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Large rallies were held around Australia on November 4 as part of an international day of action to protest government inaction on climate change. Organisers of the “Walk against warming” estimated that the number of people who participated was up to: 47,000 in Sydney, 30,000 in Melbourne, 5000 in Hobart, 3000 in Canberra and Perth, 1500 in Brisbane, 1000 in Adelaide and Wollongong, 800 in Newcastle and 300 in Cairns.
November 18 will be the second anniversary of the police killing of Mulrunji in Palm Island’s watchhouse. On that day, members of Queensland’s Aboriginal community and their supporters will rally in Brisbane to demand an end to Aboriginal deaths in custody.
November 30 is a truly national day of protest, with more than 300 rally points across metropolitan and rural Australia. Regional Victorian workers are being encouraged to come to Melbourne on November 29 to be ready for an early start the next day at the Melbourne Cricket Ground, or the “G”.
Bolivia, a country with a majority indigenous population, now has its first indigenous president, Evo Morales. Morales, who won the December 2005 presidential election, doesn’t just identify as indigenous, he is a fighter for the indigenous cause. His presidency is a massive step forward for indigenous rights — not only in Bolivia, but in Latin America, and possibly even the world.
Green Left Weekly is calling on supporters to help get the paper into thousands of new hands on November 30 — the ACTU-called national day of action against Work Choices.
Forty-nine workers at the largest workshop in the Latrobe Valley have been locked out for almost three months by Mechanical Engineering Services (MES). As soon as he’d locked out the workers, the company owner, Anthony Elliott, went overseas for several weeks.
A Congolese prosecutor has called for three former managers of the Perth-based Anvil Mining corporation to be indicted for “complicity in war crimes” — involvement in the massacre of up to 100 people in the village of Kilwa in October 2004. The slaughter, committed by Congolese Armed Forces soldiers ferried to the scene by Anvil-chartered planes and company-owned trucks, took place 50 kilometres from the company’s Dikulushi silver and copper mine in the south-east of the Democratic Republic of Congo.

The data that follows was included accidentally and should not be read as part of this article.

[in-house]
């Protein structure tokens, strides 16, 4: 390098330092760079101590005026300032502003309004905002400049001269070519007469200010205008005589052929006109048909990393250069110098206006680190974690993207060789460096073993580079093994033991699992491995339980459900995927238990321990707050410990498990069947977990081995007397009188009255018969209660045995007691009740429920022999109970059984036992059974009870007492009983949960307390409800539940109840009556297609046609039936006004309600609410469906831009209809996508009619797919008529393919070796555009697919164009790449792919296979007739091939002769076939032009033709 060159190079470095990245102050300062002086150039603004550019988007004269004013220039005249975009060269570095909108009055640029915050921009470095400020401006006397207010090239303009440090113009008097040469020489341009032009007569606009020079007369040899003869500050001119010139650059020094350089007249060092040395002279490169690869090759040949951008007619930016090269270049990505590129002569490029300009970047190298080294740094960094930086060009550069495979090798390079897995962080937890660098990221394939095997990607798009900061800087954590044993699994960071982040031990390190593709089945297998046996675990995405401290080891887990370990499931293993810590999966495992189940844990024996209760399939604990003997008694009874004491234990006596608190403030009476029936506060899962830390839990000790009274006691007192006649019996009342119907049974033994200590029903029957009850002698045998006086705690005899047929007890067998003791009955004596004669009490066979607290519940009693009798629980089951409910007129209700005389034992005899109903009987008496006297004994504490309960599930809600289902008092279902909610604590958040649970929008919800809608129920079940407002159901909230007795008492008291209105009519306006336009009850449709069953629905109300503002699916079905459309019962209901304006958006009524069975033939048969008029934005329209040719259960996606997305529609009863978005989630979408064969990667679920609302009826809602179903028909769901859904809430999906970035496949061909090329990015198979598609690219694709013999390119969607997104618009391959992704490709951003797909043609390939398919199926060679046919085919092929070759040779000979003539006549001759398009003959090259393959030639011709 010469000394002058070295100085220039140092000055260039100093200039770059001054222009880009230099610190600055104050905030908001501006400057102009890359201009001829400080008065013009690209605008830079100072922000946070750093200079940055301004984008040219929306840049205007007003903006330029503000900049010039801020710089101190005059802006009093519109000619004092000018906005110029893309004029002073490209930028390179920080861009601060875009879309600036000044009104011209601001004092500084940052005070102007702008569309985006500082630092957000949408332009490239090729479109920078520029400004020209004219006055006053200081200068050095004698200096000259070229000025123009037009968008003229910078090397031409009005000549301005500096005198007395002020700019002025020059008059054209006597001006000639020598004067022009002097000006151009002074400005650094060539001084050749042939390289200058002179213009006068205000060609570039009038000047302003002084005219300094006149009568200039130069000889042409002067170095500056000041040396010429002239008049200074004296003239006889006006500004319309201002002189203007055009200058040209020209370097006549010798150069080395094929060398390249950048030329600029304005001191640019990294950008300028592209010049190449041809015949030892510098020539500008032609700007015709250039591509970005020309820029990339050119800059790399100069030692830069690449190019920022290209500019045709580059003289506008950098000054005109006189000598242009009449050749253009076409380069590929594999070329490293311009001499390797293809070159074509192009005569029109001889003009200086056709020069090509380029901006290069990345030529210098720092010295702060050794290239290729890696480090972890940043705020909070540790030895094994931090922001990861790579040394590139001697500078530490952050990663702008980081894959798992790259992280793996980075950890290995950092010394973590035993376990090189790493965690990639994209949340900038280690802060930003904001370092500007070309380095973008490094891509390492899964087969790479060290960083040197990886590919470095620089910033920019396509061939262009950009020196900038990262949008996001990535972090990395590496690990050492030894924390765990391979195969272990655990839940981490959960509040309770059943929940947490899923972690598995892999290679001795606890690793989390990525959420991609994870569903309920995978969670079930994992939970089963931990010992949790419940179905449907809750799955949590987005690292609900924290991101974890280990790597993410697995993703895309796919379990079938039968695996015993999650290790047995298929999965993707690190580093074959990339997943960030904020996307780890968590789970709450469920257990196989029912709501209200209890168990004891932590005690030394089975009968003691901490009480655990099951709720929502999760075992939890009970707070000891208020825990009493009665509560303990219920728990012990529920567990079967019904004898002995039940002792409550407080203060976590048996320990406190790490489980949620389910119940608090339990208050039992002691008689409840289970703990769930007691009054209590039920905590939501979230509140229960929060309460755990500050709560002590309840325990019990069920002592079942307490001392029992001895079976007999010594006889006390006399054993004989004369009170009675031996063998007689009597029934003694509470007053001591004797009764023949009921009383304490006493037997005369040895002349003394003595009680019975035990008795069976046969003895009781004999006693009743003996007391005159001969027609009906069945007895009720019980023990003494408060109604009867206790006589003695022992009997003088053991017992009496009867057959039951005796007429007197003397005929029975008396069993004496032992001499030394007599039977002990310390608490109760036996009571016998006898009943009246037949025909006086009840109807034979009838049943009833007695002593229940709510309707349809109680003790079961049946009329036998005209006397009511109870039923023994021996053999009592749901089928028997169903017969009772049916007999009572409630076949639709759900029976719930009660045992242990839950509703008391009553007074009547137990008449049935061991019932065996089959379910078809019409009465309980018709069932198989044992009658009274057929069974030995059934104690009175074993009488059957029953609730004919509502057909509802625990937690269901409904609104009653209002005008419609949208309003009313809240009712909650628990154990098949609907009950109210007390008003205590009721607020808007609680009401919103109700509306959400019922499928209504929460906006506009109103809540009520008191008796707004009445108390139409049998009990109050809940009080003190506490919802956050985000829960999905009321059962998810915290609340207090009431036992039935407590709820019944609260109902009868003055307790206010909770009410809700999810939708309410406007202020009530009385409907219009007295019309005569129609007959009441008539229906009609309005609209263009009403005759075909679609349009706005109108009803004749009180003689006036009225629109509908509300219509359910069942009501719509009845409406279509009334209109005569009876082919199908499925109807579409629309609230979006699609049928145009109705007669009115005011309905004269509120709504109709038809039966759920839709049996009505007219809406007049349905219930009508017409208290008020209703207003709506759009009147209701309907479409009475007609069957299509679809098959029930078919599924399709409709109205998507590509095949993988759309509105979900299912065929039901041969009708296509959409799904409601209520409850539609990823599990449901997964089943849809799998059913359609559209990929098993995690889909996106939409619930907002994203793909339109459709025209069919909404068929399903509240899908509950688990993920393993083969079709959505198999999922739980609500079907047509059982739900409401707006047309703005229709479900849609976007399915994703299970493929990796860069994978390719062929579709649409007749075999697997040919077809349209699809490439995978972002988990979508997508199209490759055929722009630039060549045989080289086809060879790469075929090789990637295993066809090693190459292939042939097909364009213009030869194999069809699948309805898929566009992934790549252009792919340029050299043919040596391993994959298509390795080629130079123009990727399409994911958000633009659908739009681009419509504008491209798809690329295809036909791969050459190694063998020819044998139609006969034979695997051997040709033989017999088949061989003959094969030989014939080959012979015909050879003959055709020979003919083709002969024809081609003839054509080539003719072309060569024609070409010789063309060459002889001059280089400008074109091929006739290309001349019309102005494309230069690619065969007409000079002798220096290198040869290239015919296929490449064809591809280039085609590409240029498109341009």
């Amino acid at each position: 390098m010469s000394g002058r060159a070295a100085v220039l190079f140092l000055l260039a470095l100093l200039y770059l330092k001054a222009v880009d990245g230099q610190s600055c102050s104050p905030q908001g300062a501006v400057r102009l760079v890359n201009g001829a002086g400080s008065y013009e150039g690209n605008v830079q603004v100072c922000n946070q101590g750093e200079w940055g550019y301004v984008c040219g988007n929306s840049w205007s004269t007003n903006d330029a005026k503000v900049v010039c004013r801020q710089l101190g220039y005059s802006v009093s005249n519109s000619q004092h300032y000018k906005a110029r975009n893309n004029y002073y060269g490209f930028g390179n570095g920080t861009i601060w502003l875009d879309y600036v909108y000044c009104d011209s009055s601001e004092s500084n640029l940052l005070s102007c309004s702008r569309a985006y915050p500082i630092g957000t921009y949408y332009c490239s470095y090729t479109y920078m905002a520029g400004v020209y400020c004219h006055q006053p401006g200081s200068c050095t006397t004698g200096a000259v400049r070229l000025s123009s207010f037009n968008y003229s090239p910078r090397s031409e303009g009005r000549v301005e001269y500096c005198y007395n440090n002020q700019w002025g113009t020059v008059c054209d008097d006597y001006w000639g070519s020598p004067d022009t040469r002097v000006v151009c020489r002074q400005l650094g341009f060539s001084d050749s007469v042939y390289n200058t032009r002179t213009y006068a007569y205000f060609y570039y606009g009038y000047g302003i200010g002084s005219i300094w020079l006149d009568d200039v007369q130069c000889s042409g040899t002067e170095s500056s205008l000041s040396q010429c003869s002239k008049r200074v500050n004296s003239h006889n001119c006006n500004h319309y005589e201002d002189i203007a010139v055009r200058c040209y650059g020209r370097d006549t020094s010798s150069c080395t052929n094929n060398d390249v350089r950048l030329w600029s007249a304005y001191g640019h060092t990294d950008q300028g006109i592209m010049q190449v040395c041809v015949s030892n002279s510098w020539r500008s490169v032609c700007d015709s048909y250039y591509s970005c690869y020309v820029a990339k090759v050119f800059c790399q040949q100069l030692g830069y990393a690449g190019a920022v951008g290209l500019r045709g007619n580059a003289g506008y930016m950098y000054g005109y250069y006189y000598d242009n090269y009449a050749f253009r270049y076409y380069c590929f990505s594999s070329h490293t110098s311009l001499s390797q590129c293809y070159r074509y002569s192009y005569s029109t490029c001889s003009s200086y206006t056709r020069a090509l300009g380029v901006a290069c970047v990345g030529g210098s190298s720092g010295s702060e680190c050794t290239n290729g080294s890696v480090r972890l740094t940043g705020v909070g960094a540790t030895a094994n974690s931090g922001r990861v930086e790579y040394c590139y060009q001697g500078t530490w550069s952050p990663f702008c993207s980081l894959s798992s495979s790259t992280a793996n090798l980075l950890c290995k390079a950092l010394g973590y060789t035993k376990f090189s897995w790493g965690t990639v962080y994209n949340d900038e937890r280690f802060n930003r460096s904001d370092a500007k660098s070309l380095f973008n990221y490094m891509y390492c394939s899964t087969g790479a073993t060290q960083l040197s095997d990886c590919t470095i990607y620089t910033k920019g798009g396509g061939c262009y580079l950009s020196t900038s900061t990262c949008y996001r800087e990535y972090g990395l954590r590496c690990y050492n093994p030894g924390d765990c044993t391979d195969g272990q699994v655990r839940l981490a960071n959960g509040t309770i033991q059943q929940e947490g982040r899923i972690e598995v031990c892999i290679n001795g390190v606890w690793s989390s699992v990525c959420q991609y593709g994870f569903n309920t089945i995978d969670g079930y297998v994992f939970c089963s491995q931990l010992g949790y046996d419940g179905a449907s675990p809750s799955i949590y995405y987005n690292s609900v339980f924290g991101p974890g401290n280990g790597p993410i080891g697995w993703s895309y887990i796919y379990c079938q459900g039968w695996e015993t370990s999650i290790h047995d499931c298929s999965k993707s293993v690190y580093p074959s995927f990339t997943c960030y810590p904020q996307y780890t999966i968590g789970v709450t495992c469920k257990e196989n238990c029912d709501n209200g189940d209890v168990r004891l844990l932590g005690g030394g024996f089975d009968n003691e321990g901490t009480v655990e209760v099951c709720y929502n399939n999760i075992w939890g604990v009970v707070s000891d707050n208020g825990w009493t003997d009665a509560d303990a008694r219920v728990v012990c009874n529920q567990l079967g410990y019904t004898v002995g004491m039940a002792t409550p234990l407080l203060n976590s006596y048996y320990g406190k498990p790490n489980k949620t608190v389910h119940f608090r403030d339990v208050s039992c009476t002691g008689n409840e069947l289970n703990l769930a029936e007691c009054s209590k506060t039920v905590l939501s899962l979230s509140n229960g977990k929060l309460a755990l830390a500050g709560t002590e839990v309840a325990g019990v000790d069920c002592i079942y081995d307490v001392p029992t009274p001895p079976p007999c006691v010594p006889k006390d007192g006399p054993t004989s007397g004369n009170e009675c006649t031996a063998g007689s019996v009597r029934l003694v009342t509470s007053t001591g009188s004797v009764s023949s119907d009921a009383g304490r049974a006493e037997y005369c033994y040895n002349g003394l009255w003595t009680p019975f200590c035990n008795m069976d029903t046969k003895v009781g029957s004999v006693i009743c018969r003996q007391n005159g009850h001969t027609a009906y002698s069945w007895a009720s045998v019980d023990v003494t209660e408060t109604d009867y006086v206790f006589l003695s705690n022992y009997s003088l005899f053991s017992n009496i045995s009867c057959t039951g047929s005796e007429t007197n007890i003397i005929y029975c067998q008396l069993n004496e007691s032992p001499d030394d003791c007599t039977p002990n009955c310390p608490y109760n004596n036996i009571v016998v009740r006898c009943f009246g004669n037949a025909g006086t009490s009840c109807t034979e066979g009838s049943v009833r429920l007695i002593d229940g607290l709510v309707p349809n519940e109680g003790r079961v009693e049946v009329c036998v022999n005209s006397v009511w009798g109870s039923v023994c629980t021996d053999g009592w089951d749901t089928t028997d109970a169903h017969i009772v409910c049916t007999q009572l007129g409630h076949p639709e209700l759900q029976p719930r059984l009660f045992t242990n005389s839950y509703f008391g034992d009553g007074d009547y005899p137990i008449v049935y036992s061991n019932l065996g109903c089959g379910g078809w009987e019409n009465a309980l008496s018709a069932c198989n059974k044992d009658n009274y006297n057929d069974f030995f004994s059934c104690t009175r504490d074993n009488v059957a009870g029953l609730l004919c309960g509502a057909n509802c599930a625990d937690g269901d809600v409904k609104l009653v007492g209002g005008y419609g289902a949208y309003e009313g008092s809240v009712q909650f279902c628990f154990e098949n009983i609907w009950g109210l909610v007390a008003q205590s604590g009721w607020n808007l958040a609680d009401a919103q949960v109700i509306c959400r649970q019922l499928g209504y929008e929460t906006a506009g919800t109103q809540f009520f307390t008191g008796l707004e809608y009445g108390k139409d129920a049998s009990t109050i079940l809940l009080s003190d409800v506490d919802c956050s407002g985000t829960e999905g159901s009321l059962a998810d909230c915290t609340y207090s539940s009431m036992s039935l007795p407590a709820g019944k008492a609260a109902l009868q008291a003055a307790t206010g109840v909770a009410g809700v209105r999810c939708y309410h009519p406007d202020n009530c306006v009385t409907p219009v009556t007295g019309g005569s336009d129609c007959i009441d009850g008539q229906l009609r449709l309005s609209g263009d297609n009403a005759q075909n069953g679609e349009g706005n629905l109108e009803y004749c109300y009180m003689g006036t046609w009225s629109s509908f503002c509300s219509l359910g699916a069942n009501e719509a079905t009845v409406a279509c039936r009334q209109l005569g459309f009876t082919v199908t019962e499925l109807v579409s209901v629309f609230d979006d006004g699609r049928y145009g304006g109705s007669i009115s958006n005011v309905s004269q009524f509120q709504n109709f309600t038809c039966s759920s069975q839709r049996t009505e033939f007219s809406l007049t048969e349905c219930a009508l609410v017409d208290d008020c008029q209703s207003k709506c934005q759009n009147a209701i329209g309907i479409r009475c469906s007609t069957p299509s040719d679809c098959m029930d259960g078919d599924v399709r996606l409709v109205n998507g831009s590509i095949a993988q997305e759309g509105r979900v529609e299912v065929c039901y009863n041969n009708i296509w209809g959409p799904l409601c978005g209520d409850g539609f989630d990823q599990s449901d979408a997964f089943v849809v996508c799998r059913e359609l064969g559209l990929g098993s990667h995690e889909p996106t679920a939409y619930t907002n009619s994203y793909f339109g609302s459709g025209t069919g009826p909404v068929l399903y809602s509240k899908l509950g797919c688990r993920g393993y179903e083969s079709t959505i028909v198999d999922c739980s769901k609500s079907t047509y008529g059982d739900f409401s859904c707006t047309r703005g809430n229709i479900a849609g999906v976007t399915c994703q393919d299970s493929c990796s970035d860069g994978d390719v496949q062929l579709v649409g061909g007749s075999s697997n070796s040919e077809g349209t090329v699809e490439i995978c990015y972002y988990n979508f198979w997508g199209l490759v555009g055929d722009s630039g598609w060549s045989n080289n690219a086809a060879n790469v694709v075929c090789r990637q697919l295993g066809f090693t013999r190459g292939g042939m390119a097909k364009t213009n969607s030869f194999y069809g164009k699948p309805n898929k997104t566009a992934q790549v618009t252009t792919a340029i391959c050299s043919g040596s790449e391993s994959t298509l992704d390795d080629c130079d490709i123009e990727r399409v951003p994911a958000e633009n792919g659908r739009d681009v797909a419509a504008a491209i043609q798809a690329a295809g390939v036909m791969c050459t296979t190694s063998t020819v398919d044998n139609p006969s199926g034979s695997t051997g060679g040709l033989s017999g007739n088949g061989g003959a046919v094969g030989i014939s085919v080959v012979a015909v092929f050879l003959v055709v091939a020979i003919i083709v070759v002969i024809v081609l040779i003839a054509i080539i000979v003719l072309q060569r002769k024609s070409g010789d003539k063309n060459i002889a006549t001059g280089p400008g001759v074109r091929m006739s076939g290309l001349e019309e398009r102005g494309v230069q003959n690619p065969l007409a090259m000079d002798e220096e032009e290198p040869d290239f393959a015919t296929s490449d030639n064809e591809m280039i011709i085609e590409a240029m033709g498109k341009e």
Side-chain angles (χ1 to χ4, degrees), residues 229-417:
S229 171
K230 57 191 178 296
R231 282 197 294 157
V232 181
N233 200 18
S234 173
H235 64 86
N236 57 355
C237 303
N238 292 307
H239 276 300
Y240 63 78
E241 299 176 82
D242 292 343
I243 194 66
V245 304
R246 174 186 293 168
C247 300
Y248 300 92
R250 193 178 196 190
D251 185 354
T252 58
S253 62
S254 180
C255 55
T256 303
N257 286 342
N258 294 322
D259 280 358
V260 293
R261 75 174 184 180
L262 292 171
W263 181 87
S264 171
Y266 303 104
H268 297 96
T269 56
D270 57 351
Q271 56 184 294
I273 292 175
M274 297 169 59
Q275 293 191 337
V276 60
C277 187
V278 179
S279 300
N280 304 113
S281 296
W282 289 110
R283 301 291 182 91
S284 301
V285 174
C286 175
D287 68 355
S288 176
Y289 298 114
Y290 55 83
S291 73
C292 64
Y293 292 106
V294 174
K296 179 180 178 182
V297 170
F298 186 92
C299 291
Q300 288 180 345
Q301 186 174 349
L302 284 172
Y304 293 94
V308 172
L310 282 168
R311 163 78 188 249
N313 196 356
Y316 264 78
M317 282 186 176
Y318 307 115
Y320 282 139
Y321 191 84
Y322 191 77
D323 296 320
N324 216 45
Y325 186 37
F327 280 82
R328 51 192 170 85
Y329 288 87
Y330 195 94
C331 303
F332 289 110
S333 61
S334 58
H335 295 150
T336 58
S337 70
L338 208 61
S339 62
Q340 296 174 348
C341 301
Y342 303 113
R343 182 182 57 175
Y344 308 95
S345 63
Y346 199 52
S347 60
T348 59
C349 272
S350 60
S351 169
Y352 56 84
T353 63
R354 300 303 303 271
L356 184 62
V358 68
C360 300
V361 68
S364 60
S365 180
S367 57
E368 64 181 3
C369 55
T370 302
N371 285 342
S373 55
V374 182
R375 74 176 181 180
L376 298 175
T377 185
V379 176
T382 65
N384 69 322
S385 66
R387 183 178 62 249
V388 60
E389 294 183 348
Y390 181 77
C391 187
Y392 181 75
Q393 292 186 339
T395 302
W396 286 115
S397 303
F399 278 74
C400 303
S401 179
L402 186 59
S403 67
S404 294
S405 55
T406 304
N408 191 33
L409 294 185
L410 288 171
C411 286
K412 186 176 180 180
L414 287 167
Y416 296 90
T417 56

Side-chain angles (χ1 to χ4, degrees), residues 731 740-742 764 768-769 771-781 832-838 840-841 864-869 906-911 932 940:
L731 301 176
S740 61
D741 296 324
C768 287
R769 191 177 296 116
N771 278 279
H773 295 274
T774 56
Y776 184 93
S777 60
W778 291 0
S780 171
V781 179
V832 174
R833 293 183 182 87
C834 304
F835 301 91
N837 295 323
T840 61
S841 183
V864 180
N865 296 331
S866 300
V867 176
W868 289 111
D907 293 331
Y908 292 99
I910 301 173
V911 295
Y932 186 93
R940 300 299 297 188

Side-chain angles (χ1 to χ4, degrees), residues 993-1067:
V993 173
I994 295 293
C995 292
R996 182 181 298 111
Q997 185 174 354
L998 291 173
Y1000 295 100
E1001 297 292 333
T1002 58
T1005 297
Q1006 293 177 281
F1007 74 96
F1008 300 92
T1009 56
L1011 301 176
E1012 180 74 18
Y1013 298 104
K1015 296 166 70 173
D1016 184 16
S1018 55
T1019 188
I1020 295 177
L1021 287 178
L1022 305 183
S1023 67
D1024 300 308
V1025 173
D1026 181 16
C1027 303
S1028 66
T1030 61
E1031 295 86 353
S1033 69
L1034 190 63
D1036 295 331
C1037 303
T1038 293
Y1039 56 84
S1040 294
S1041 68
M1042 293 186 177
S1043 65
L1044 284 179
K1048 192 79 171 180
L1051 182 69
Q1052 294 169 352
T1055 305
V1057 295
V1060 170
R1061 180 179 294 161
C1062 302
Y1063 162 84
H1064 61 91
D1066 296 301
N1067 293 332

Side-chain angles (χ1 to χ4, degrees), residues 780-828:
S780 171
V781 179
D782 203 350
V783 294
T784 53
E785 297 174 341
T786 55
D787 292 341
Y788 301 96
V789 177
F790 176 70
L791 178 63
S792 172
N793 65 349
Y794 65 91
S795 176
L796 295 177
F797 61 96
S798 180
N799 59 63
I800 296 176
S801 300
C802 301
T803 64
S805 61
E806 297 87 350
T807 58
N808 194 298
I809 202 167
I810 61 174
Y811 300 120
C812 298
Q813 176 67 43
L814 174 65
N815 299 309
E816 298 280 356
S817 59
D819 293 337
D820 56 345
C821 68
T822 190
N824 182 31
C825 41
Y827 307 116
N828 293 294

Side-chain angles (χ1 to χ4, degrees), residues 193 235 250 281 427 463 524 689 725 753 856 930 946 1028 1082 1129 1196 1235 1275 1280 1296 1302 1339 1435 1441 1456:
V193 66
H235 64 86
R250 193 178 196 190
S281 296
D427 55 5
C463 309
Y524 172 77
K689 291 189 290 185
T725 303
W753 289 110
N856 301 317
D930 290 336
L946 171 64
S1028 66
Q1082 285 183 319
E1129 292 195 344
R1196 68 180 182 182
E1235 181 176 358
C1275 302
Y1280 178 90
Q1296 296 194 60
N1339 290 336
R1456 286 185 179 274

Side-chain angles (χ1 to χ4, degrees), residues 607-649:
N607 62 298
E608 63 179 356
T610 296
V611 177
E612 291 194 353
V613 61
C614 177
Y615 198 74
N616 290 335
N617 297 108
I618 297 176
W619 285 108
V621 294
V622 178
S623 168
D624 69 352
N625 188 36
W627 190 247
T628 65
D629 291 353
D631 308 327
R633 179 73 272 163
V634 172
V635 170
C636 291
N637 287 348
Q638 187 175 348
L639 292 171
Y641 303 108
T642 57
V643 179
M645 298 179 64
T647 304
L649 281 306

As of November 2, 2825 US military personnel and 232 other allied foreign troops had died in Iraq since the country was invaded on March 20, 2003, by US, British and Australian forces.
The Second Latin American and Asia Pacific Solidarity Gathering, held on October 21-22, was attended by 200 people. Organised by the Latin American Solidarity Network (LasNet), it was addressed by Gissel Gonzales from Bolivia’s Coalition in Defence of Water and Life; Maria de Lourdes Vicente da Silva, an organiser with the Landless Workers Movement (MST) in Brazil; Rosa del Carmen Curihuentro Lancaleo, a journalist and a Mapuche (the indigenous community of Chile and Argentina); and Heriberto Salas, a representative from the Mexican People for the Defence of the Earth, among others.
What sort of dogmatic free-market ideologue would use poor people’s (often socially constructed) desire for credit to justify shrinking the already beleaguered welfare policies of wretched Third World states?
The construction of the giant Alcoa aluminium processing plant in Pinjarra, south of Perth, was held up for several hours on November 1 as the local community protested against sackings at the site.
On October 23, 300 people rallied in this NSW regional town to protest against the Howard government’s mis-labelled Work Choices.